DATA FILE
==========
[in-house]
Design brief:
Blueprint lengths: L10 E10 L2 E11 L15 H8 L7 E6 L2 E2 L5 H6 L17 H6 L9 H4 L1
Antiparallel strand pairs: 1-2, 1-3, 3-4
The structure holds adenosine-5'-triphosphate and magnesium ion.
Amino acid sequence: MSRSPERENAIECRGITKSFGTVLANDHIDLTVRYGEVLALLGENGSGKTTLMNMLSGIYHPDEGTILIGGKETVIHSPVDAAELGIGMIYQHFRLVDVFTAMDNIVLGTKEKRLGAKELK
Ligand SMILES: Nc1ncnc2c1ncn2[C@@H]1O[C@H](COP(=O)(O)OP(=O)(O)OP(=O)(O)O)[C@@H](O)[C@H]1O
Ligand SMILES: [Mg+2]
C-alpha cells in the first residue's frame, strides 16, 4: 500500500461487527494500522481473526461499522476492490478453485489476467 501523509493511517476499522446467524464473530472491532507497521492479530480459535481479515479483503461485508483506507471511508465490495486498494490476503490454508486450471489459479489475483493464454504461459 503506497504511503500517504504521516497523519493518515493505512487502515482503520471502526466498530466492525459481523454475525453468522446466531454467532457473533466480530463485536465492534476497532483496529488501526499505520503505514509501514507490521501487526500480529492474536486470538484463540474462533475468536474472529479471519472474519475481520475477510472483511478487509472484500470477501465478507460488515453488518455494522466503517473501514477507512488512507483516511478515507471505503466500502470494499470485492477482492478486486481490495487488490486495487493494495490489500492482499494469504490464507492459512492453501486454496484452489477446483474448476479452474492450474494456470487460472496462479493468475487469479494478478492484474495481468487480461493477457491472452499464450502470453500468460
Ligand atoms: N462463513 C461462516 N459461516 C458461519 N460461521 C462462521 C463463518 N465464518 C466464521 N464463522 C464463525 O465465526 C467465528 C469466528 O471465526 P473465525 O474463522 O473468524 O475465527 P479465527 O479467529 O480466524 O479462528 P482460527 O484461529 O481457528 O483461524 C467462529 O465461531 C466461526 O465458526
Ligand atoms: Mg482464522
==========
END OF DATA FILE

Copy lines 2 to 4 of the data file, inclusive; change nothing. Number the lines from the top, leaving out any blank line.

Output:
Design brief:
Blueprint lengths: L10 E10 L2 E11 L15 H8 L7 E6 L2 E2 L5 H6 L17 H6 L9 H4 L1
Antiparallel strand pairs: 1-2, 1-3, 3-4